2 minute read

Introducing: Groundwork

In our last post, we outlined why we're establishing a living resource to help people choose digital tools for organising, as part of our Common Tools project funded by the Rosa Luxemburg Stiftung.

In this post, we'll introduce the second strand of this work: Groundwork, a Django framework that makes it easy for developers to set up custom digital tools for grassroots organisations, informed by our past three years of working on projects like this full-time.

Why we're building this

While our guide to digital tools will be intended for a broad audience, this framework is specifically for people who know how to code already.

We've observed that developers who volunteer or work for political organisations often have a lot of demands placed on them. Some of these developers work for a number of different organisations at the same time. Usually their work involves either making websites or building single-purpose tools to support a campaign.

The most common asks are:

  • Plotting events or groups on a map.
  • Collecting contact details and writing this to a constituent relationship management system (CRM).
  • Looking up information specific to a certain postcode.
  • Collecting donations.

Many volunteer developers will start this work from scratch each time. They'll make technical decisions based on their own experience and context. This means that the wheel gets reinvented… again and again and again. We find this state of affairs to be particularly painful because grassroots political groups are usually very under-resourced already. Digital technology should be about saving time, not creating more work for people.

If we could reduce the amount of time spent repeating the same work, then developers and organisers will be able to move more quickly to doing the actually important work of building relationships and communities.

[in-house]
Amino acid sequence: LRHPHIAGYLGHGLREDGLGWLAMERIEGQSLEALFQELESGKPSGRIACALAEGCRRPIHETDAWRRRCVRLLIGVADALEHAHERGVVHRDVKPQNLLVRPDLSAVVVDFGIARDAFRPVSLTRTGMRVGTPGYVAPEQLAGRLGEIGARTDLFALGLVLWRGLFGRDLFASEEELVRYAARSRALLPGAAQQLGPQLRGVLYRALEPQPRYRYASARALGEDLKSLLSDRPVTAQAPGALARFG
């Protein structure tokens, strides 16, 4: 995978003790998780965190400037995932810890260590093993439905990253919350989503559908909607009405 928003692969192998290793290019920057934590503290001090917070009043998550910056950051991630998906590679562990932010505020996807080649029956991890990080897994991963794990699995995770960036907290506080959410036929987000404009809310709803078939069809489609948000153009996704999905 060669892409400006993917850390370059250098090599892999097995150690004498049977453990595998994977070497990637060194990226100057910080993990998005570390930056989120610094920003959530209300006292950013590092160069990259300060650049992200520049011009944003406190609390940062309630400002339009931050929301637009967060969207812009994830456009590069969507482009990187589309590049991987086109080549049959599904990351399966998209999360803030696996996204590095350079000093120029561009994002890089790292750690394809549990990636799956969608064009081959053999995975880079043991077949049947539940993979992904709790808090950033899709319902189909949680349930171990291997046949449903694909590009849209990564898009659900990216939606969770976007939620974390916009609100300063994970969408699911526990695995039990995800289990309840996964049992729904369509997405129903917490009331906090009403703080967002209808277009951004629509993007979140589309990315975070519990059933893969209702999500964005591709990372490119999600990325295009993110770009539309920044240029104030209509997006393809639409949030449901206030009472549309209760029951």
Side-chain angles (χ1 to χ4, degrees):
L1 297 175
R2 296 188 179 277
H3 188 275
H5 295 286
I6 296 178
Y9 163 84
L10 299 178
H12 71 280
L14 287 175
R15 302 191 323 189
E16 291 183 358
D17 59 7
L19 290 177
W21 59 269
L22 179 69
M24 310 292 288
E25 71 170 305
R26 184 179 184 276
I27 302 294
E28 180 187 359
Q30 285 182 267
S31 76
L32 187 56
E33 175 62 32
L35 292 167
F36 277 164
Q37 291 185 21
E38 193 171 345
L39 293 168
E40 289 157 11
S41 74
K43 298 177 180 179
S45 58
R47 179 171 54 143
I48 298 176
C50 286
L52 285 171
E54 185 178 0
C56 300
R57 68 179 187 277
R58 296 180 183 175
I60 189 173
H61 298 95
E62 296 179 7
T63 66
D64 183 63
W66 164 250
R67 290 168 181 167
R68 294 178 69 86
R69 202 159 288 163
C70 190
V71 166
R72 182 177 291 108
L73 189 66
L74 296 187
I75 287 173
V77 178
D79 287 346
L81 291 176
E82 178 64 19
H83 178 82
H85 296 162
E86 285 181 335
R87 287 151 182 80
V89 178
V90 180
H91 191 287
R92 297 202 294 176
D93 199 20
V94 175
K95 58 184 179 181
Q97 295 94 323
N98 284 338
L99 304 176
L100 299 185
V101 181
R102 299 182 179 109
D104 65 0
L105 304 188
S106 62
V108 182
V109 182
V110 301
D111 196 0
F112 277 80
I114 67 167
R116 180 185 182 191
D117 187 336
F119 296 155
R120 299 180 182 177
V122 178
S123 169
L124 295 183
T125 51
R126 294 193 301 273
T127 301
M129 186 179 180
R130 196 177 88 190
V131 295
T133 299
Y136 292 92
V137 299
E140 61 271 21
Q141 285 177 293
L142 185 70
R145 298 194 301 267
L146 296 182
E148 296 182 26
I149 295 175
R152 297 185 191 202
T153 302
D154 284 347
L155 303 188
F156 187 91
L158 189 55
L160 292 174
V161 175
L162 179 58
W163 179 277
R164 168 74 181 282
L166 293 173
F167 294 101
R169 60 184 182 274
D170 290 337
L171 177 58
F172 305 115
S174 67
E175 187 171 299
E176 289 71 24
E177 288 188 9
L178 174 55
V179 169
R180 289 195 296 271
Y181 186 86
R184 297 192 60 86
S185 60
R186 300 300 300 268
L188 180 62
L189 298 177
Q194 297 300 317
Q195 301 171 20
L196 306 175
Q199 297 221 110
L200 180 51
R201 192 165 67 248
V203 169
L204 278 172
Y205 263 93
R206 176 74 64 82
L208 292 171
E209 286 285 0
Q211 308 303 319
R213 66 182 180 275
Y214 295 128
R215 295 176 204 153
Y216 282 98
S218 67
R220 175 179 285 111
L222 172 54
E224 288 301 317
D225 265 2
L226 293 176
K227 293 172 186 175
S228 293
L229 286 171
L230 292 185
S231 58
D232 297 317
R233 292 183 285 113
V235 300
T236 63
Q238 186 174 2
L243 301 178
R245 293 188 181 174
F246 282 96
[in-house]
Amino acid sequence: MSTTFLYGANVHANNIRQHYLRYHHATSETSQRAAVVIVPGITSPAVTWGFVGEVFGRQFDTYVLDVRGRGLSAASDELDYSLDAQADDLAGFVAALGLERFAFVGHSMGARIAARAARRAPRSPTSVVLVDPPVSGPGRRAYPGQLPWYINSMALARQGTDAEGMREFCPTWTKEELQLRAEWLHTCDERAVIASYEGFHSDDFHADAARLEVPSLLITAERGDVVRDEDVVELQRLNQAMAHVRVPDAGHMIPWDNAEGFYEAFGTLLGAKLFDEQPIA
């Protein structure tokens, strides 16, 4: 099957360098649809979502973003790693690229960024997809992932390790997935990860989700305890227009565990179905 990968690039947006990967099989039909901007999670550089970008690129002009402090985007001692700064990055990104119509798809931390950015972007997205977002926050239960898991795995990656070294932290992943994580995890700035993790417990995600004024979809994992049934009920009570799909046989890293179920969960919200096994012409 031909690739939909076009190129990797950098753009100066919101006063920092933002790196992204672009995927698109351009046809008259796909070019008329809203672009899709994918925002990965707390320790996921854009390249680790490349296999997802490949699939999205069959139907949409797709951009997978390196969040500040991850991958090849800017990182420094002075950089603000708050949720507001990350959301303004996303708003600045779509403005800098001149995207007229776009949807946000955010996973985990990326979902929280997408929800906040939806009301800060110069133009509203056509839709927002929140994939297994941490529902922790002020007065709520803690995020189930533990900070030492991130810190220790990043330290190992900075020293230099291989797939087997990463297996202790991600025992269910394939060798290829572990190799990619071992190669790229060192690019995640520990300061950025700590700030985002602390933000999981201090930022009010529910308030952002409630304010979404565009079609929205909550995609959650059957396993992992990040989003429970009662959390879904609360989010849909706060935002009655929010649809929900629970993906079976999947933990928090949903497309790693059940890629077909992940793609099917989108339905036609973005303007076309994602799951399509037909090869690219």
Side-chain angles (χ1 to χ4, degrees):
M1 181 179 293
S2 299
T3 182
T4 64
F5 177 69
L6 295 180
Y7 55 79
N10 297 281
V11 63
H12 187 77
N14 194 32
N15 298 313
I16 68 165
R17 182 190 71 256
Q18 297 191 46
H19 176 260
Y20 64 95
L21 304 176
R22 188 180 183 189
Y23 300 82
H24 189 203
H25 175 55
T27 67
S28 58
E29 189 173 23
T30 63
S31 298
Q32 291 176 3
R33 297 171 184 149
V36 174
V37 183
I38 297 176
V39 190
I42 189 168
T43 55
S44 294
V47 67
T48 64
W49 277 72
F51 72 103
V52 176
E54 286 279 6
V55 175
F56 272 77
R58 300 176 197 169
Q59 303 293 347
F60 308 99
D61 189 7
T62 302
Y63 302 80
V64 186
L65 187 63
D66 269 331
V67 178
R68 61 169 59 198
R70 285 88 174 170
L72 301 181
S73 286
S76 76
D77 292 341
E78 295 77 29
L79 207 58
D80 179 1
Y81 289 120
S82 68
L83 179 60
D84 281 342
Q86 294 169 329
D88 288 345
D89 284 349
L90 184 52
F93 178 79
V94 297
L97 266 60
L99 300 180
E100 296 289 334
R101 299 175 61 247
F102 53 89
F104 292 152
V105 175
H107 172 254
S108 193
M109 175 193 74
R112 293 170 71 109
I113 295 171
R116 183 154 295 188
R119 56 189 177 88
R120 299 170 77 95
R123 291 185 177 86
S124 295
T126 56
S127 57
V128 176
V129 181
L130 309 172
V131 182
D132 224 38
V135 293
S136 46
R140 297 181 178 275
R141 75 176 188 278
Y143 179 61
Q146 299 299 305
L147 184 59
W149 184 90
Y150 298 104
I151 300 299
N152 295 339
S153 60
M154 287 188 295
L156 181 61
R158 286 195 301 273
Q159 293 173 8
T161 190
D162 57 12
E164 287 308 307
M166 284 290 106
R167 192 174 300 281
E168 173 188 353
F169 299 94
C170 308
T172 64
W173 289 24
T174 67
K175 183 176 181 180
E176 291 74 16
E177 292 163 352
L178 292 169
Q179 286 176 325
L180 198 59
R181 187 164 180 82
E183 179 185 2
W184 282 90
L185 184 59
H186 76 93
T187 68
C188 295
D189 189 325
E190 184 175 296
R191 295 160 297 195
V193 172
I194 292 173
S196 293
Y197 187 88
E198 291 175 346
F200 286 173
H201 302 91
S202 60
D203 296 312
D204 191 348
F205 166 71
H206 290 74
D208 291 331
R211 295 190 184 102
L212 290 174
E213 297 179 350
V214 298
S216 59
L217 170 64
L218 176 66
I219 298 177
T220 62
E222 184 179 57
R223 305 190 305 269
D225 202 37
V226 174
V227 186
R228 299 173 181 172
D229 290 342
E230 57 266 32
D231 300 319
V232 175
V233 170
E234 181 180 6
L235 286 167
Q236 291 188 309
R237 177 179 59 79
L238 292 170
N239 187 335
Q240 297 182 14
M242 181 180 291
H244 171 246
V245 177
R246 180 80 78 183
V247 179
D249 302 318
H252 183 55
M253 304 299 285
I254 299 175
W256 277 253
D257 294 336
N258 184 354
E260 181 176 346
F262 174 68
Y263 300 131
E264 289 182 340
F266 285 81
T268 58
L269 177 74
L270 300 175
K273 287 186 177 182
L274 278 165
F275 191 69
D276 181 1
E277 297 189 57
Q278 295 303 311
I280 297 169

What we're making

We're generalising and standardising some of the code we've written over the past few years to create a toolkit that developers can use and contribute back to. It will allow them to quickly build usable campaign sites.

Our focus is on ensuring interoperability with a range of existing tools, to make it as flexible as possible. We're writing clear and accessible documentation that enables anyone to take the framework and run with it.

The front page of the documentation site. The heading on the left says "Groundwork" and there is a system diagram on the right.

We chose to build this with Django because it's widely used and very powerful. It makes it easy to create sophisticated pieces of software quickly and securely.

The first release will focus on location-specific features, including a starter project that's set up and ready to go. It will enable people to:

  • Write easily to CRMs like Action Network, Airtable and Nation Builder.
  • Display information on a map using sophisticated mapping features (via Mapbox) without having to write frontend javascript code.
  • Plug into an up-to-date database of UK electoral constituencies and representatives.
  • Pull in and store data from external services.

Something that we've noticed about a lot of existing campaign technology is that it is highly US-centric. We’ve focused on UK geography so far because it was simplest to extract from our previous work, but our intention is to widen this into more areas as we go.

How to contribute

If you're interested in following our work on this or contributing, please give the repository a star on GitHub or get in touch with feedback.

Read next

2 minute read

We’re launching our Supporters Network

Help us ramp up our activity building movement infrastructure for those who need it most.
4 minute read

Notes from July

Exploring the ecologies of commoning, documenting crimes of solidarity and researching how to use digital platforms to amplify community stories.
3 minute read

My experience as an apprentice at Common Knowledge

A report of my apprenticeship so far
4 minute read

Notes from June

This month we kicked off two exciting new projects, launched a new website for the Left Book Club, continued building distributed, resilient archive software in collaboration with The New Design Congress and spoke at the Weizenbaum Conference in Berlin.
8 minute read

2021 in review

Reflecting on the past year

Subscribe to our newsletter

By pressing Subscribe, I consent to recieving newsletters from Common Knowledge.
Interested in working with us?


Pelican House
138-148 Cambridge Heath Road
London, E1 5QJ

Support our work

Open Collective